Monday, July 2, 2018

Olivia de Havilland is 102!

Olivia de Havilland turned 102 on July 1. Yes, 102! De Havilland is a true living legend and one of the few movie stars still with us who came to be during Hollywood’s Golden Age.

A two-time Best Actress Oscar winner—To Each His Own 1946 and The Heiress 1949—de Havilland is probably best known to movie audiences today as Melanie Hamilton in Gone With the Wind (1939). De Havilland’s performance in that film is a marvel. In the hands of a lesser actress, Melanie could have been too sickeningly sweet, but in de Havilland’s hands, she’s a strong, compassionate, and intelligent woman. As a friend of mine noted, she understood Scarlett, Ashley, and Rhett better than they understood themselves. Her compassionate, non-judgmental approach endeared herself to all three, even the self-centered Scarlett.


De Havilland was nominated for Best Supporting Actress for her performance as Melanie, but she was bested by Hattie McDaniel who played the irrepressible Mammie. McDaniel also made film history as the first African American to win an Academy Award.

Joan Fontaine (1917 – 2013), de Havilland’s younger sister was the first in the family to win an Oscar. Both sister’s were nominated the same year (1941). Fontaine was nominated for Best Actress for her performance in Alfred Hitchcock’s Suspicion. De Havilland was nominated for Best Actress for her performance in Hold Back the Dawn. De Havilland was so convinced that the winner that year would be Barbara Stanwyck—Stanwyck was nominated for her performance in Ball of Fire, but she also had strong roles in Meet John Doe and The Lady Eve that same year—that she voted for Stanwyck instead of herself. As history would record it, Fontaine was the winner and this was the beginning of the sisters’ famous feud. Fontaine and de Havilland remain the only sisters to have both won Best Actress Oscars.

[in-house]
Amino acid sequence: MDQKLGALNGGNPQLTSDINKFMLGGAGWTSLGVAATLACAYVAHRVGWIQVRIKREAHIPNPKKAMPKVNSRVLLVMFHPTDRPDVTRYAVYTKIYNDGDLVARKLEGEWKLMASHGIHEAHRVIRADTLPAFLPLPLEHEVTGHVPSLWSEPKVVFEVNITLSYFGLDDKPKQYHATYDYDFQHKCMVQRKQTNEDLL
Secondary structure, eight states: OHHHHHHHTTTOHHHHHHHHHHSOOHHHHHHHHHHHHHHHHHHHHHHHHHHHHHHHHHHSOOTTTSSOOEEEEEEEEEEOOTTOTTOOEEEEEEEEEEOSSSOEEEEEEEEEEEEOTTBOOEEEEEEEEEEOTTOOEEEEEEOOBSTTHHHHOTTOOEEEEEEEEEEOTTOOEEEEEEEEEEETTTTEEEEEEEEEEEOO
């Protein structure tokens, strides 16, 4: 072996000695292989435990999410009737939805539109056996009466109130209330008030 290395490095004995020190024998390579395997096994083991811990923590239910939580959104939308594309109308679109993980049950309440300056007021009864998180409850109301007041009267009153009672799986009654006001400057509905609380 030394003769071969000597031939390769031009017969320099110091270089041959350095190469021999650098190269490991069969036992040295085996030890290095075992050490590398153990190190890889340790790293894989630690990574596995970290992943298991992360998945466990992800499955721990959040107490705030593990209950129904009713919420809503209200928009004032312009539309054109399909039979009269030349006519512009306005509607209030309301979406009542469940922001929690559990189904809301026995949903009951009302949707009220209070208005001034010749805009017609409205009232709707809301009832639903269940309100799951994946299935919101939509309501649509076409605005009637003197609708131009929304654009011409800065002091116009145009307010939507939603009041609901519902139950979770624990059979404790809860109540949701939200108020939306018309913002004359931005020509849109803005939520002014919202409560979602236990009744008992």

Celeste Holm and Olivia de Havilland in The Snake Pit

De Havilland has a strong body of work, most of which holds up under 21st Century scrutiny. Her acting is free from affectation and over-the-top-emoting. Her style remains amazingly contemporary.

Next year (2019) will be the 80th anniversary of the release of Gone With the Wind. Let’s hope de Havilland will be with us to celebrate this film milestone.


Some film highlights from Olivia de Havilland’s career:

Captain Blood (1935)—her first pairing with Errol Flynn
The Adventures of Robin Hood (1938)
Gone With the Wind (1939)
Dodge City (1939)
The Strawberry Blonde (1941)
Hold Back the Dawn (1941)
The Male Animal (1942)
Princess O’Rourke (1943)
To Each His Own (1946)*
The Dark Mirror (1946)
The Snake Pit (1948)
The Heiress (1949)*
My Cousin Rachel (1952)
The Proud Rebel (1958)
Light in the Piazza (1962)
Hush…Hush, Sweet Charlotte (1964)

*Best Actress winner

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